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  • October 5th, 2013

    reCAP :: Herbie Hancock :: 2013.10.04

    Written by: Meredith Berke
    Photos by: Allison Murphy

    10592815946_630398373d_bThe Kennedy Center announcement said, “Hancock has found a way to fuse Miles Davis and Maurice Ravel, zigzagging between classical music and pop, funk, gospel, soul and the blues — not so much ignoring as redefining the frontiers of jazz… …Freedom is at the very heart of that constantly changing, most American of all art forms, and few, if any, jazz masters have made as much of that freedom as Herbie Hancock.”

    Mr. Hancock, a 73-year-old master jazz pianist who has won 14 Grammy Awards and an Oscar, graced The Capitol Theatre’s stage this past Friday evening, with his quartet including drummer Vinnie Colaiuta, bassist James Genus, and guitarist Lionel Loueke.

    It was a very civilized show, the audience was seated throughout the two hours, tapping their feet and nodding their heads to the jazz flowing off the stage. The show began slowly, with wavering jams up to the solos of Colaiuta, Loueke and Genus.

    10592827934_9fb207e47b_bVinnie Colaiuta has played with an impressive list of modern music’s greatest, from Frank Zappa and Megadeth to Joni Mitchell and Leonard Cohen. Guitarist Lionel Loueke turned the audience silent with his ten minute solo, overdubbing riffs onto each other while singing and tapping to his syncopated guitar. The theater was filled with what sounded like “at least nineteen instruments,” Hancock said later in the show. NPR.org has praised the guitarist “for his fusion of traditional African music with modern jazz harmonies, unique vocal inflections, and complex time signatures.” Mr. Hancock obviously plays with the best.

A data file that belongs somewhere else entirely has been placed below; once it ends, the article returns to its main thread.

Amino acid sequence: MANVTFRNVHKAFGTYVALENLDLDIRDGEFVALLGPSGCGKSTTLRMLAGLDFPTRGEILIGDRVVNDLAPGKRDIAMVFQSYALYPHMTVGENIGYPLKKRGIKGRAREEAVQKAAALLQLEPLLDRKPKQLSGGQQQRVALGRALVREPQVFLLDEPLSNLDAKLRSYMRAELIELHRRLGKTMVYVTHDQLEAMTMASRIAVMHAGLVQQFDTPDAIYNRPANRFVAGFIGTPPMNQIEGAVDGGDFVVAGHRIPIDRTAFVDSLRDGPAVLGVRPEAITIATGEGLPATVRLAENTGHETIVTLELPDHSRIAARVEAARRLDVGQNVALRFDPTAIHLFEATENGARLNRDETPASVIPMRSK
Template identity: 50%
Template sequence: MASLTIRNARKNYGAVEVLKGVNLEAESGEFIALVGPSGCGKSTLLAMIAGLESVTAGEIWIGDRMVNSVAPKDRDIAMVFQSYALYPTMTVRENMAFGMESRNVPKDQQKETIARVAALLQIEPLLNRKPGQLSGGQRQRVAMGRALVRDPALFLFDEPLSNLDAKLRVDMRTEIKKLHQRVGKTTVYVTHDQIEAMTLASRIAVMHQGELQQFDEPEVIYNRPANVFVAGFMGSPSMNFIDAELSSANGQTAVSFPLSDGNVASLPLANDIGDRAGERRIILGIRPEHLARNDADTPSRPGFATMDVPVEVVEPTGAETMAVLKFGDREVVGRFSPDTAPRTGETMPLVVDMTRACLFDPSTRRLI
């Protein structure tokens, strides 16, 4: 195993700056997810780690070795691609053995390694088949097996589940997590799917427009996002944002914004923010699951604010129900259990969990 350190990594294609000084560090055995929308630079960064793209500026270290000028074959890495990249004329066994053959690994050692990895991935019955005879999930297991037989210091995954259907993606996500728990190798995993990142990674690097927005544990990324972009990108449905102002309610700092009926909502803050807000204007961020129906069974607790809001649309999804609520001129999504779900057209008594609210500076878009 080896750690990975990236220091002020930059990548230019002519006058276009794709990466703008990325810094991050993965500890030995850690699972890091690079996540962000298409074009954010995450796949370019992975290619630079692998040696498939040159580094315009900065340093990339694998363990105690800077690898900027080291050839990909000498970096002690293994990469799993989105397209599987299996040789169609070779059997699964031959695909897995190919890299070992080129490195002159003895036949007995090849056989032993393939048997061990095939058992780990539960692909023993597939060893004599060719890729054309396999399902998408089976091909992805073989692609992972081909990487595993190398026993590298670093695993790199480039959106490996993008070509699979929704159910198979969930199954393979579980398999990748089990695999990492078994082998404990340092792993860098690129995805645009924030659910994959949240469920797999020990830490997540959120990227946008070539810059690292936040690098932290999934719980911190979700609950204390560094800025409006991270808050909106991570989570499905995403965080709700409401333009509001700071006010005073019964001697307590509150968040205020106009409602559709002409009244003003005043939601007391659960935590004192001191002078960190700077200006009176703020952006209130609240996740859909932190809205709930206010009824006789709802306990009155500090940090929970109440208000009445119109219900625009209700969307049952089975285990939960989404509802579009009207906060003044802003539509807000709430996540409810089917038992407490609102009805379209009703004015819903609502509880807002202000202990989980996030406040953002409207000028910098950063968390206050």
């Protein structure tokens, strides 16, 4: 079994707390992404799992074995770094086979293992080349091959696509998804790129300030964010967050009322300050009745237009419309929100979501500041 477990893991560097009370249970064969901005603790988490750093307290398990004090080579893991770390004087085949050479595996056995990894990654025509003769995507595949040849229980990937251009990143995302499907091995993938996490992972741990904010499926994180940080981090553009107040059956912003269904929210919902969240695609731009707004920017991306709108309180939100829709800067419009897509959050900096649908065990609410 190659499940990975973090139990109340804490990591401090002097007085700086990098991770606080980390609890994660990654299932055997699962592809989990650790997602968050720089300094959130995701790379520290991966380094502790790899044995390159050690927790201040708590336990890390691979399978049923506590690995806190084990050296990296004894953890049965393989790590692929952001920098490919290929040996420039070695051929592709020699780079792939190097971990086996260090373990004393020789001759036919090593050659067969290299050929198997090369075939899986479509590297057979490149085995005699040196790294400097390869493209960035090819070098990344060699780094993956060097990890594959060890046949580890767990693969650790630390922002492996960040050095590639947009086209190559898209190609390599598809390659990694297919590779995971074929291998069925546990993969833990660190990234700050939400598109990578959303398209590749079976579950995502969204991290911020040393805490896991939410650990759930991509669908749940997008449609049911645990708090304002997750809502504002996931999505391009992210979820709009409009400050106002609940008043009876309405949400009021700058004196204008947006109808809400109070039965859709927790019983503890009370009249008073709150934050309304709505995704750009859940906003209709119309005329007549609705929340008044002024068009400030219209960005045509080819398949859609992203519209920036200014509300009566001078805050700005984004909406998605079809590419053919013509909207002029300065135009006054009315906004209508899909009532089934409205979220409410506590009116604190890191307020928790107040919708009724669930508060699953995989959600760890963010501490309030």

The last 45 minutes were worth the price of admission, as Mr. Hancock played the grand piano alone. With this particular classical jazz pianist playing a jam by himself, in front of us, it was breathtaking. Amongst 1,500 people, this moment felt intimate, quiet, and with The Cap’s pristine sound I suddenly had goosebumps.

    Mr. Hancock then moved to the synth and started a spaced-out funk jam — an electric improv between the Grand Piano and the synth. For more than a moment, we were let into his world, maybe this is what he does when he’s in his studio? It was fascinating and beautiful to hear all at the same time. The audience got up on their feet for the encore, which included Hancock’s well-known song, “Rockit.” The show ended and we left the theater all funked out from Herbie’s space jam, happily and thankfully.

     

    The Capitol Theatre Photo Gallery

    Photos by: Allison Murphy